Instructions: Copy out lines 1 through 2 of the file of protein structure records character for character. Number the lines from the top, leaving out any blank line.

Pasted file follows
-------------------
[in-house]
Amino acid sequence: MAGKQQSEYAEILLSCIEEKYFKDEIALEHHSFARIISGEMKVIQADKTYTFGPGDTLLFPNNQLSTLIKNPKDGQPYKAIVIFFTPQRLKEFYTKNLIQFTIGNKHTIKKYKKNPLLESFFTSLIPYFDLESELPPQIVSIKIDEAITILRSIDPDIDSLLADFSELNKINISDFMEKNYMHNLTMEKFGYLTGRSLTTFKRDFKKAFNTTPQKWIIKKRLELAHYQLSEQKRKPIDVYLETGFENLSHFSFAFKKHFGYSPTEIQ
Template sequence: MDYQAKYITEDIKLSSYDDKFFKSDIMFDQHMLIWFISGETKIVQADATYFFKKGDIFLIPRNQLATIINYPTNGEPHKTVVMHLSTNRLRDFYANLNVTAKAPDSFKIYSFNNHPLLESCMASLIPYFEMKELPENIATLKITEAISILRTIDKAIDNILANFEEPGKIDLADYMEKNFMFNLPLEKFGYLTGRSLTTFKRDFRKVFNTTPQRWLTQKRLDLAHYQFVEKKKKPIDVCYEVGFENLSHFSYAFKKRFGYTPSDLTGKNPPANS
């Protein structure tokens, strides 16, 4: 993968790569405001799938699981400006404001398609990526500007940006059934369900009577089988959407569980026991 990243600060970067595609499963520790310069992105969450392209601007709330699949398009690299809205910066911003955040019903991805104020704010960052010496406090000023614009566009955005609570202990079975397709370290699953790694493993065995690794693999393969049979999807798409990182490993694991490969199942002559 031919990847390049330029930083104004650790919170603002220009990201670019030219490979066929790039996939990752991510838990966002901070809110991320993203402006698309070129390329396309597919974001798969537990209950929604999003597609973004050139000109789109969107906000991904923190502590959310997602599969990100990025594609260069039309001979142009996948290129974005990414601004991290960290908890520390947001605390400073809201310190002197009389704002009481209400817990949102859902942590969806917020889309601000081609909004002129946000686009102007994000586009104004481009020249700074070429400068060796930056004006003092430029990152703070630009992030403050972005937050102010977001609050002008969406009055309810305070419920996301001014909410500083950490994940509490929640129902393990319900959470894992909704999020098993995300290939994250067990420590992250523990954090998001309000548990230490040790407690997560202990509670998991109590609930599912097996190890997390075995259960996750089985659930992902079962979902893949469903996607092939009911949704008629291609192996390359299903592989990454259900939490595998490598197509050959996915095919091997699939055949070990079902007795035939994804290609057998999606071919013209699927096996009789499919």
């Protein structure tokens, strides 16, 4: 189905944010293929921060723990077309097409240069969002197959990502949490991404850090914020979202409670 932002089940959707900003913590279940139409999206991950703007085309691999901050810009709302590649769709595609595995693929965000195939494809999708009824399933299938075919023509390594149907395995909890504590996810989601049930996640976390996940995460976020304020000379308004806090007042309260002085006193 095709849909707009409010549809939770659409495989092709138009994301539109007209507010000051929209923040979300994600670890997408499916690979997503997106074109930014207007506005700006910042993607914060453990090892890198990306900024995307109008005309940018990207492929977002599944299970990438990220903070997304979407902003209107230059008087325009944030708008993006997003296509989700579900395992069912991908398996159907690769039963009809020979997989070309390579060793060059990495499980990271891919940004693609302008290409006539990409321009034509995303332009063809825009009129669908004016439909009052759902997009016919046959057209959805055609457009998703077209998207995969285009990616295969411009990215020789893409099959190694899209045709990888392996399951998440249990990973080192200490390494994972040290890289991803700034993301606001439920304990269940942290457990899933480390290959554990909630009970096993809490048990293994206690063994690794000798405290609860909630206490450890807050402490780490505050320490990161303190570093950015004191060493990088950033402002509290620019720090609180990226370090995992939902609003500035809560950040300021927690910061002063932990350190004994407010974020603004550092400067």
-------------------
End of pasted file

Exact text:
[in-house]
Amino acid sequence: MAGKQQSEYAEILLSCIEEKYFKDEIALEHHSFARIISGEMKVIQADKTYTFGPGDTLLFPNNQLSTLIKNPKDGQPYKAIVIFFTPQRLKEFYTKNLIQFTIGNKHTIKKYKKNPLLESFFTSLIPYFDLESELPPQIVSIKIDEAITILRSIDPDIDSLLADFSELNKINISDFMEKNYMHNLTMEKFGYLTGRSLTTFKRDFKKAFNTTPQKWIIKKRLELAHYQLSEQKRKPIDVYLETGFENLSHFSFAFKKHFGYSPTEIQ